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Publication: Diabetes Update
Diabetes and Pregnancy

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Diabetic Digest - Wednesday, August 15, 2007
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News, updates and help from and for the diabetic community.
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Readers:

I have a very informative clip on Diabetes and Pregnancy 
for you today. We have been getting more and more clips 
on the topic of diabetes as well as other health concerns. 
Take a minute and check out this great video clip. 

Visit: Diabetes and Pregnancy 

Regards,
Steve

Diabetic Update Newsletter 
Send Your Comments

Visit the Diabetic Update Forum and post your comments at: 
Diabetic Update Forum

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Health Videos

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Metabolic Syndrome in Kids Ups Adult Heart Risk

NEW YORK (Reuters Health) - Adults who had so-called
metabolic syndrome when they were children have a
substantially increased risk of having heart disease
in their 30s, researchers report.

The metabolic syndrome is a cluster of risk factors --
such as high blood pressure, obesity and high blood
sugar levels -- that together increase the likelihood
of developing heart problems or diabetes.

Individual components of metabolic syndrome are known to
track from childhood into adulthood, but the association
between metabolic syndrome in childhood and cardiovascular
risk later in life has not been established, Dr. John A.
Morrison and his associates explain in the medical journal
Pediatrics.

The researchers analyzed data, collected between 1973 and
1976, on levels of blood glucose, triglycerides, "good"
cholesterol, body weight, and blood pressure in 771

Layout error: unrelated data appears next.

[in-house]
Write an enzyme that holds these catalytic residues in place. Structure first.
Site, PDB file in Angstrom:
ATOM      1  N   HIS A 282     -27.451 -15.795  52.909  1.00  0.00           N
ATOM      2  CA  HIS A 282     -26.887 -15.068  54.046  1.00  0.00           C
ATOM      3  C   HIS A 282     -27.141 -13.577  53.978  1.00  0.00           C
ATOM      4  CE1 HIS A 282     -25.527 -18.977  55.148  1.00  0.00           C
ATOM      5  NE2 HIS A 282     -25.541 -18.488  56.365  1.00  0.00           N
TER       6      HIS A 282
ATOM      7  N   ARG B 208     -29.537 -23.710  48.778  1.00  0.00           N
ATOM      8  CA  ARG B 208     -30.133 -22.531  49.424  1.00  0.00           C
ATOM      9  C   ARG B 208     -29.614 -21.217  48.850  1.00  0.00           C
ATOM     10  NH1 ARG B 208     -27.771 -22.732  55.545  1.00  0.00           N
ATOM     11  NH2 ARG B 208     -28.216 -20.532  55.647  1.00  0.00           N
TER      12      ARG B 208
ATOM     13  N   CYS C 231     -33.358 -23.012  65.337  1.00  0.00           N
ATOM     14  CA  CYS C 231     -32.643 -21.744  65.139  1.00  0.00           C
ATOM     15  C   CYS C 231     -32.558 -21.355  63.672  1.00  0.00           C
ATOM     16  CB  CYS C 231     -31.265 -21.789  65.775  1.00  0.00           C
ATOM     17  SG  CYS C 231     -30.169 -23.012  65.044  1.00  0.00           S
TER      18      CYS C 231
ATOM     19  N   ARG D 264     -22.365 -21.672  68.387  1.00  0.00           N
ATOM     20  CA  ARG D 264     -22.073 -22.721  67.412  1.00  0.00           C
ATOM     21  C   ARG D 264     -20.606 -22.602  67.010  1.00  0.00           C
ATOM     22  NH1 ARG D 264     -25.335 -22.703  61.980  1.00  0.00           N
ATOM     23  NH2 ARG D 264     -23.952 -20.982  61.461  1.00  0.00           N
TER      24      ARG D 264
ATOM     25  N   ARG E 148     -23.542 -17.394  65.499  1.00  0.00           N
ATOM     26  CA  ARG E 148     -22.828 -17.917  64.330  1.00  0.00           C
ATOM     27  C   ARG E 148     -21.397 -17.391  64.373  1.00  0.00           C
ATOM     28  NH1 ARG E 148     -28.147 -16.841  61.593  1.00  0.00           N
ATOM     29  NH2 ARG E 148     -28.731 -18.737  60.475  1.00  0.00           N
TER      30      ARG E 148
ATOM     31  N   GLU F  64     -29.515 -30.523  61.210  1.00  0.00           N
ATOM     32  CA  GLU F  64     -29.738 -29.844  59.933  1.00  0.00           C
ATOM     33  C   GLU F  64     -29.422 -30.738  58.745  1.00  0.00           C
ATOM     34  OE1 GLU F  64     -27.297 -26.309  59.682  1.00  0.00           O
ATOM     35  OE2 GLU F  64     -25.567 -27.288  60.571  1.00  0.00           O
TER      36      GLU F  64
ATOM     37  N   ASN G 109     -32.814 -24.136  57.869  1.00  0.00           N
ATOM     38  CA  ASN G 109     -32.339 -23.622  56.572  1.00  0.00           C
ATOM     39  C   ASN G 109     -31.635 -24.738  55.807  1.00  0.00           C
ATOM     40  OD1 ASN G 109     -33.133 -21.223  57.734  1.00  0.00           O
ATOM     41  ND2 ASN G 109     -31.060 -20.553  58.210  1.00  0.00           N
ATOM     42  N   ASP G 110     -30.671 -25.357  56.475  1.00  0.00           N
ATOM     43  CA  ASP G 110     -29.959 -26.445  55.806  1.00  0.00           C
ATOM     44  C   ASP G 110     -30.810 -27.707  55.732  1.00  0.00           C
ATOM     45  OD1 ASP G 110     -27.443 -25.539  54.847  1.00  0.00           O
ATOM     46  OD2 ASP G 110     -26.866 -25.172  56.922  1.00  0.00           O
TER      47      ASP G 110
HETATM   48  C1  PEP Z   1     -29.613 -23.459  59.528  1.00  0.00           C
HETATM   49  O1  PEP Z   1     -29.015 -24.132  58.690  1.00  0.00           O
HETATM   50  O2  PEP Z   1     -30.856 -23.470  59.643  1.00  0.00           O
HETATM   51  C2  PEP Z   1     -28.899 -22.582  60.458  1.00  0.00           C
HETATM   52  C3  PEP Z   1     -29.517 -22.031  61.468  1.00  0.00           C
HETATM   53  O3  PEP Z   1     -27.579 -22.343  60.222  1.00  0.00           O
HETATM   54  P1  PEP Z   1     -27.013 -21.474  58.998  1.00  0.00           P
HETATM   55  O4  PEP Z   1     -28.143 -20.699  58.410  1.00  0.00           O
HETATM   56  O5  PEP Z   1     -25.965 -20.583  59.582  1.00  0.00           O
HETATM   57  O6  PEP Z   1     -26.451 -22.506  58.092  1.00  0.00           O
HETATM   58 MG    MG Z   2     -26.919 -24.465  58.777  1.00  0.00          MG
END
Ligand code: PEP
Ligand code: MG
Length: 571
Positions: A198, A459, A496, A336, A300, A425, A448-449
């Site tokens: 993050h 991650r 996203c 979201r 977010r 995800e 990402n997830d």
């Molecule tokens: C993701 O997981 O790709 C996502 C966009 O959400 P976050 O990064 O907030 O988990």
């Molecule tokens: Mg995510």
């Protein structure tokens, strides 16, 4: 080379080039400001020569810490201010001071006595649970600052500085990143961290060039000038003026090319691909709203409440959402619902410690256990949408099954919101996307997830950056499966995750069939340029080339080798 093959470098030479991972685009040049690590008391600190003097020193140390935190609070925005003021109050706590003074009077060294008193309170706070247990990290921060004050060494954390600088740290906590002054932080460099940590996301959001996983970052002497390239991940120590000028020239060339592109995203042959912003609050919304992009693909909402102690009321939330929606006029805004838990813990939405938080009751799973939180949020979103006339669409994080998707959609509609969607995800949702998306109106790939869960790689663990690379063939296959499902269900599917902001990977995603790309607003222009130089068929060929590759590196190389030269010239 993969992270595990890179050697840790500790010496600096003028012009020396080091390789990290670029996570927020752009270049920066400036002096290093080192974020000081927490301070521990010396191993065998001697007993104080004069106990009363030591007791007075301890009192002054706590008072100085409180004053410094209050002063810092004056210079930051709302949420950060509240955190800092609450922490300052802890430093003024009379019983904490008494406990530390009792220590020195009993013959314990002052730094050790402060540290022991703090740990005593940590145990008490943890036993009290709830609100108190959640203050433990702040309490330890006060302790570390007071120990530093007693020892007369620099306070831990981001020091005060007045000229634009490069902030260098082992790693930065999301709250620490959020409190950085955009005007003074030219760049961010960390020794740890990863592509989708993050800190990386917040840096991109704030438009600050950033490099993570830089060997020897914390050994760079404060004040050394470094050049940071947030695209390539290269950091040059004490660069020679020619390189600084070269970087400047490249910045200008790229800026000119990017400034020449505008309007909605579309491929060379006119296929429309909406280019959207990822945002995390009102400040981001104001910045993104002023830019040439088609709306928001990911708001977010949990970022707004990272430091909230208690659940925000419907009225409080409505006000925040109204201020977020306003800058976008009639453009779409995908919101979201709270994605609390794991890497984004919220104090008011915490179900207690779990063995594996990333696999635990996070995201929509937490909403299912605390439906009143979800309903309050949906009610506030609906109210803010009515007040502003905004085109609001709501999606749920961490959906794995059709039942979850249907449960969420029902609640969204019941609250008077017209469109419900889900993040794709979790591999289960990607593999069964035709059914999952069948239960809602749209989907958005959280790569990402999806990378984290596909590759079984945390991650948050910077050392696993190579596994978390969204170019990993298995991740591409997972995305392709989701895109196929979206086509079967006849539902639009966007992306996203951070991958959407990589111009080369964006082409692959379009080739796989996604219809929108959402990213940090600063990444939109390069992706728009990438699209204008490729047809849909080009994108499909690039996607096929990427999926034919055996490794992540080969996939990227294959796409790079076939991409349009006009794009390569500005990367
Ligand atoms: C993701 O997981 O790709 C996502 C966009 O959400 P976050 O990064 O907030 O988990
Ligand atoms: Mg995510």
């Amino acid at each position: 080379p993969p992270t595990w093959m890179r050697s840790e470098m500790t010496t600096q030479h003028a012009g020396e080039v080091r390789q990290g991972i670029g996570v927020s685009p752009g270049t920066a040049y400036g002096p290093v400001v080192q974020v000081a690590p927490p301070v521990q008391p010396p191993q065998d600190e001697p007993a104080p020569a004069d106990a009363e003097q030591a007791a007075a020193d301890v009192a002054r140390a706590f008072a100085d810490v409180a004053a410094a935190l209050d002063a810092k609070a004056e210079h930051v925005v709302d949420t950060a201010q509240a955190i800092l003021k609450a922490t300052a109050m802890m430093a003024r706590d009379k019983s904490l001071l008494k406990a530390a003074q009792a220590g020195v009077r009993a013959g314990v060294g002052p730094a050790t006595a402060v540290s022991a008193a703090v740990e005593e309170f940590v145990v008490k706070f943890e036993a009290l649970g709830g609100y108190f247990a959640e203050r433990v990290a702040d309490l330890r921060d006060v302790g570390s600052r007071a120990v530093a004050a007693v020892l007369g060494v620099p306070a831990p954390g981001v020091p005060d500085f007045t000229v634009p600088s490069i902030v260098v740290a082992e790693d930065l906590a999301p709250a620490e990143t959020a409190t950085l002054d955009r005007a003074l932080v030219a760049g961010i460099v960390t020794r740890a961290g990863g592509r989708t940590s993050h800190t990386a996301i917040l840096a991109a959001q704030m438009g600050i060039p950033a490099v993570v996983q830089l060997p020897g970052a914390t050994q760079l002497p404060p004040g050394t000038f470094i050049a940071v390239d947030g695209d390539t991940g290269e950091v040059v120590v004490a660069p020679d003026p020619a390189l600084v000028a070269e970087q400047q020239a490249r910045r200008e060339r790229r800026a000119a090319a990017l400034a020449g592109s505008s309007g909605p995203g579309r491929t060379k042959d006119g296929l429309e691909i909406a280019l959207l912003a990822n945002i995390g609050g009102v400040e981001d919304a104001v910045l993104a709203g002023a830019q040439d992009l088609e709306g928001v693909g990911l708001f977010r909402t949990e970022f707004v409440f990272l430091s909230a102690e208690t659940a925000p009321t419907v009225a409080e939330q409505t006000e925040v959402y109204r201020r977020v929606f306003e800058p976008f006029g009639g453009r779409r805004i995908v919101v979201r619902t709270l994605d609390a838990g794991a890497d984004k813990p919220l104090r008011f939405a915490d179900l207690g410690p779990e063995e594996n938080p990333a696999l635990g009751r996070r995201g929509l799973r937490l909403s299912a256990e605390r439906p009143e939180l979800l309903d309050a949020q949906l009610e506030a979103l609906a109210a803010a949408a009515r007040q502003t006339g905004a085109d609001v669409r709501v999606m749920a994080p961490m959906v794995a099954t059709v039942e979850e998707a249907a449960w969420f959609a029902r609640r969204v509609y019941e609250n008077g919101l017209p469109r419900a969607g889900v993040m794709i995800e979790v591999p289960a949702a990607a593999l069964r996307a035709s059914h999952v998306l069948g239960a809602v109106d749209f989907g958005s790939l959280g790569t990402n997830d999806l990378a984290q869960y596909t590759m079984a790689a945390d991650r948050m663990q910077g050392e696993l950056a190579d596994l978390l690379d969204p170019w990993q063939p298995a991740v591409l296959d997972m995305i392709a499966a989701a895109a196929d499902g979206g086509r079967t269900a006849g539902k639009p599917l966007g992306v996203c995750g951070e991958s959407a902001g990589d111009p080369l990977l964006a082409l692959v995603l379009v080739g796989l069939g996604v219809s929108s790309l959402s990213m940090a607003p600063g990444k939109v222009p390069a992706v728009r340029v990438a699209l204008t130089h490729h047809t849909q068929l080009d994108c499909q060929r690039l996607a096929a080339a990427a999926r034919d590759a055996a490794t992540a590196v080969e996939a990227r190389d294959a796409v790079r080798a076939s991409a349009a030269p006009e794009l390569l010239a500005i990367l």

children aged 5 to 19 years.

Thirty-one of these kids had at least three abnormal
factors and were classified as having metabolic syndrome,
Morrison, at Children's Hospital Medical Center in
Cincinnati, Ohio, and colleagues report.

The original group was followed-up between 22 and 31 years
later. Twenty-one of the 31 subjects with metabolic
syndrome as children had the condition in adulthood.

In the entire adult group, there were 17 cases of
cardiovascular disease; six of these occurred in the
group that had childhood metabolic syndrome -- a rate
almost 15 times higher than among subjects without
metabolic syndrome as children.

Increases in weight were the main factor driving in the
development of metabolic syndrome, Morrison's team found.
The findings, they stress, "underscore the importance of
weight management in early and middle adult years."

SOURCE: Pediatrics, August 2007.

Copyright 2007 Reuters Limited. All rights reserved.

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Insulin Produced in Genetically Modified Plants

NEW YORK (Reuters Health) - US researchers have success-
fully expressed the precursor protein of insulin in
lettuce and tobacco plants. Moreover, feeding these
genetically modified plants to mice that have a tendency
to become diabetic protected the animals against